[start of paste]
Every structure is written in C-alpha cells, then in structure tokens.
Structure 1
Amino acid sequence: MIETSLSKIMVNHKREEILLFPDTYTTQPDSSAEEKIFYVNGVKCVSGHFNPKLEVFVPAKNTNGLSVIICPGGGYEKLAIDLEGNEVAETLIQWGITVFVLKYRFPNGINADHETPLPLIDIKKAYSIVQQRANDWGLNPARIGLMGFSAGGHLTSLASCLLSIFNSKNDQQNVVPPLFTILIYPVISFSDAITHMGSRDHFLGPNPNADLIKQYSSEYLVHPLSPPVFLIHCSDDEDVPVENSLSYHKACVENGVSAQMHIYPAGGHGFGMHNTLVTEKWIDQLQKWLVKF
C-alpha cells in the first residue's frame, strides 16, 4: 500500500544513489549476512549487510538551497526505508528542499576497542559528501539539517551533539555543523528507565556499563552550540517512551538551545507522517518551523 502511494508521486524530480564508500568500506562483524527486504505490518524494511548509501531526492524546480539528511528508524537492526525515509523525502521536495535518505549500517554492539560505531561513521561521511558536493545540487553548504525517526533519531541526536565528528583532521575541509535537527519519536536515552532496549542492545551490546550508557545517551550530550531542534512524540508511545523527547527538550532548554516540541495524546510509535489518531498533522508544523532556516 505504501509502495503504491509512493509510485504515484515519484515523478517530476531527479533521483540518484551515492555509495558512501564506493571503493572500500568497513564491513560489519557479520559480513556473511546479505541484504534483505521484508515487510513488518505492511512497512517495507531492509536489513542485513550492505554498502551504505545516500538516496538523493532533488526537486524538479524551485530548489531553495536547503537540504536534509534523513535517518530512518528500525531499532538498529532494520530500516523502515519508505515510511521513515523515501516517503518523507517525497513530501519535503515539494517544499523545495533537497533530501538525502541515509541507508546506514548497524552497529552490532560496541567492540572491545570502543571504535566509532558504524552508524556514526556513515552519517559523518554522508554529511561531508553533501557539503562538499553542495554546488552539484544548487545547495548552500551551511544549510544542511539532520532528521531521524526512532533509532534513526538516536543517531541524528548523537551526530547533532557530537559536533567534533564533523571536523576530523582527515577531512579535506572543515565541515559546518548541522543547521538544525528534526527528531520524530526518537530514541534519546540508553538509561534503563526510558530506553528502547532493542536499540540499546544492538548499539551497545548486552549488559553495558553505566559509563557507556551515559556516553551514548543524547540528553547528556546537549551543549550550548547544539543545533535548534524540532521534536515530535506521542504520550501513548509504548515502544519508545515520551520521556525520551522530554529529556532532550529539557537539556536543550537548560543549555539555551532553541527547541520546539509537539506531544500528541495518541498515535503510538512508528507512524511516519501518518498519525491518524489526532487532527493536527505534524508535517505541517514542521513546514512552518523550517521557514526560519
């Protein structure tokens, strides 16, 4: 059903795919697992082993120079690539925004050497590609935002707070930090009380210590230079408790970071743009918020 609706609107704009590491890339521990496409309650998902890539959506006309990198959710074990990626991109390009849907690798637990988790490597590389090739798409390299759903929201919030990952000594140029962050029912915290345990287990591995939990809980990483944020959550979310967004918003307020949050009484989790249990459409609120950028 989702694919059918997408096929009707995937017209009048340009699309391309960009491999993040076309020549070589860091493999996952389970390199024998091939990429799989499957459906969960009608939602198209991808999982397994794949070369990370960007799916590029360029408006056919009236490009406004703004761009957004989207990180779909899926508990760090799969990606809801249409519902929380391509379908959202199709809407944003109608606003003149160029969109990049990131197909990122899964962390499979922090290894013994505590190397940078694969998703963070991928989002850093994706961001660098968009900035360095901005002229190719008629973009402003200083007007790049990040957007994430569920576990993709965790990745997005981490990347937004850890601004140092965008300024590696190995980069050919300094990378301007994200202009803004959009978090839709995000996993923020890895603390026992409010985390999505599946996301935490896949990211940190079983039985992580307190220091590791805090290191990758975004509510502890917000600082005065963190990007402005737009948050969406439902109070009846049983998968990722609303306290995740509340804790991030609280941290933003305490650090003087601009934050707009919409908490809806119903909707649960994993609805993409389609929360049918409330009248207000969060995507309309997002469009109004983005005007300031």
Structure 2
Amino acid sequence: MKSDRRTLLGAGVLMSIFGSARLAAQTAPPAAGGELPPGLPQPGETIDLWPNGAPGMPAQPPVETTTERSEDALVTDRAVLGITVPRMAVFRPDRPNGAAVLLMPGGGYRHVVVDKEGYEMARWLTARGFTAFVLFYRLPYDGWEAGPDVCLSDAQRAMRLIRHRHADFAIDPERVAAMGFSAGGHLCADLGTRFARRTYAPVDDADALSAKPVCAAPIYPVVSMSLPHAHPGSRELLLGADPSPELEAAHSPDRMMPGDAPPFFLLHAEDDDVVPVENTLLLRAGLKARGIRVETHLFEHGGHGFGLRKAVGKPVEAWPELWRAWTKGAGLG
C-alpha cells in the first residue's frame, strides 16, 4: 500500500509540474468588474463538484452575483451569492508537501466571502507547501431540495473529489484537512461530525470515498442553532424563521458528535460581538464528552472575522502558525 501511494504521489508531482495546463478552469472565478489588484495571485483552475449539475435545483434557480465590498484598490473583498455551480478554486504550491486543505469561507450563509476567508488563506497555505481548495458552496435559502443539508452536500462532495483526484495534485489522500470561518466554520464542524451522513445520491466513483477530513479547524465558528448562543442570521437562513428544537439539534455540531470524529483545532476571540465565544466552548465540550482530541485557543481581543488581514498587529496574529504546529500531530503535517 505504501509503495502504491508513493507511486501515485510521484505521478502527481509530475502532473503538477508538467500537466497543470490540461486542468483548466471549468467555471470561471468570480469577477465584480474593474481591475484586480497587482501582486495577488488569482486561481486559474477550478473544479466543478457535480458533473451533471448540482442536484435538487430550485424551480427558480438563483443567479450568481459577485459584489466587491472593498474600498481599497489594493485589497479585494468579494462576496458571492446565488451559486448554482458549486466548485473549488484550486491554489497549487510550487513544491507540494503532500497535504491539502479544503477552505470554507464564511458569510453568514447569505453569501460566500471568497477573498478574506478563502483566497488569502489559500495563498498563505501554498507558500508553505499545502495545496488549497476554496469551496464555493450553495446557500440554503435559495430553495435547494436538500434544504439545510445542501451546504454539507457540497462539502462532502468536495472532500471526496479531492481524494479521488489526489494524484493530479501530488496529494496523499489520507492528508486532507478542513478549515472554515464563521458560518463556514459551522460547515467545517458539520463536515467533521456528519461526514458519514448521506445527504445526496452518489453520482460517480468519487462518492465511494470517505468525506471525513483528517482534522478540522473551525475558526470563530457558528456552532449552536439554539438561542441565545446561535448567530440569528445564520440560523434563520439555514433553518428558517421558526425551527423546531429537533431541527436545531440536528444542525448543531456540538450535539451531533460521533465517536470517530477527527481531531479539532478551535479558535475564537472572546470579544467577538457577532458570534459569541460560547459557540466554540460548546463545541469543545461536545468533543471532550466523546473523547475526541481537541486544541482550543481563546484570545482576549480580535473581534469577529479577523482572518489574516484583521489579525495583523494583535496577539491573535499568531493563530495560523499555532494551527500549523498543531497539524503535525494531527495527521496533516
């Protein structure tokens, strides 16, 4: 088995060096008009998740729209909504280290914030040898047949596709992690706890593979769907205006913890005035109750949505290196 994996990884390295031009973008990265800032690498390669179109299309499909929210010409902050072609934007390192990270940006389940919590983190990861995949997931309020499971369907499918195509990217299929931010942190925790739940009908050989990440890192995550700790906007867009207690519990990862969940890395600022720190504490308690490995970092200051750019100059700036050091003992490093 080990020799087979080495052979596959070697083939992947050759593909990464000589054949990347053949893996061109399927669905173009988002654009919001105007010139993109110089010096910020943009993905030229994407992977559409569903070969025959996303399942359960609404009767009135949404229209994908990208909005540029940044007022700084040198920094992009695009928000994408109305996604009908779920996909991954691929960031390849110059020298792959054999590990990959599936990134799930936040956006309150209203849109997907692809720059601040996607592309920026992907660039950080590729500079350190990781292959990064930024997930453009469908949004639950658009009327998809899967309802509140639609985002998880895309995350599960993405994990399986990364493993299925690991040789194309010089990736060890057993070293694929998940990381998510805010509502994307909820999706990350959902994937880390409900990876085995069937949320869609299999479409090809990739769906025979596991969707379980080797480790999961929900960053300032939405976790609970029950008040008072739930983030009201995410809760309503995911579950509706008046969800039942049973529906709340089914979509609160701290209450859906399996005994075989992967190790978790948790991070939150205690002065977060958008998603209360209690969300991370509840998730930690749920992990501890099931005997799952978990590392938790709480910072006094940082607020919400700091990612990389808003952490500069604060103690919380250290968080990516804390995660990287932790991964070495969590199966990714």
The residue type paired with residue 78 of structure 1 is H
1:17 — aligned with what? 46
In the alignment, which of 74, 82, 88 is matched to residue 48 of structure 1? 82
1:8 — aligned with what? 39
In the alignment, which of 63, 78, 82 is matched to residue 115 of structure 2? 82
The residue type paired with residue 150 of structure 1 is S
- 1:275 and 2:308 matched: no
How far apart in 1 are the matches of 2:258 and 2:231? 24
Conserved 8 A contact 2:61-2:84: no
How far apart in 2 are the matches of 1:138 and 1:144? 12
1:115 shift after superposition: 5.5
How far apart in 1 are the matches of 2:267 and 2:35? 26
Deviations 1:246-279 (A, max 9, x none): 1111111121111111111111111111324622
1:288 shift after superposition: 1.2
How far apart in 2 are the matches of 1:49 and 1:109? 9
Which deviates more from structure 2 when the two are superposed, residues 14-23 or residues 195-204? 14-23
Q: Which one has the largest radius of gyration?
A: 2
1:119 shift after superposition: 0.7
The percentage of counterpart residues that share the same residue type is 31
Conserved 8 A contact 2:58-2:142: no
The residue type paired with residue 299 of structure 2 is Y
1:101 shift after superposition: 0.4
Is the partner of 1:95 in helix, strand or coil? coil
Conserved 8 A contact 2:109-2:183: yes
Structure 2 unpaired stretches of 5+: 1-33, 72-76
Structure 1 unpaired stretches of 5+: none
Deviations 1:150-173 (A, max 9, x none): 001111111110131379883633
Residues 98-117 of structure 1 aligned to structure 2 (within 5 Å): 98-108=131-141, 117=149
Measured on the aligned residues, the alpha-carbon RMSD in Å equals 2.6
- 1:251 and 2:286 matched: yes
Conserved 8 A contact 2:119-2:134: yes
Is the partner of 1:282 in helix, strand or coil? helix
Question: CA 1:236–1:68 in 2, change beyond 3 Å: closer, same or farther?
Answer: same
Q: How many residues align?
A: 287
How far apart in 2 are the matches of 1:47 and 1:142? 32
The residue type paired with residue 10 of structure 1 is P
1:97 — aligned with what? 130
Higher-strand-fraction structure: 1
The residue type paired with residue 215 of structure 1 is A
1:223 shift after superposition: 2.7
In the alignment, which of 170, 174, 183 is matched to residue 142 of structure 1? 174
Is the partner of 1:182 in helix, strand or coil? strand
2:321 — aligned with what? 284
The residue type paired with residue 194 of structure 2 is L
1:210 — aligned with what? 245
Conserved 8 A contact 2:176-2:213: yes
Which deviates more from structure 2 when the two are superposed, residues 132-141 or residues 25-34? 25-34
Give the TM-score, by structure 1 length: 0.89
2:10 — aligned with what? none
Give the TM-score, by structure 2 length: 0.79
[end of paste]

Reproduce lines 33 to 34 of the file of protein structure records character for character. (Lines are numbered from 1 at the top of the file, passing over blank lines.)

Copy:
Is the partner of 1:95 in helix, strand or coil? coil
Conserved 8 A contact 2:109-2:183: yes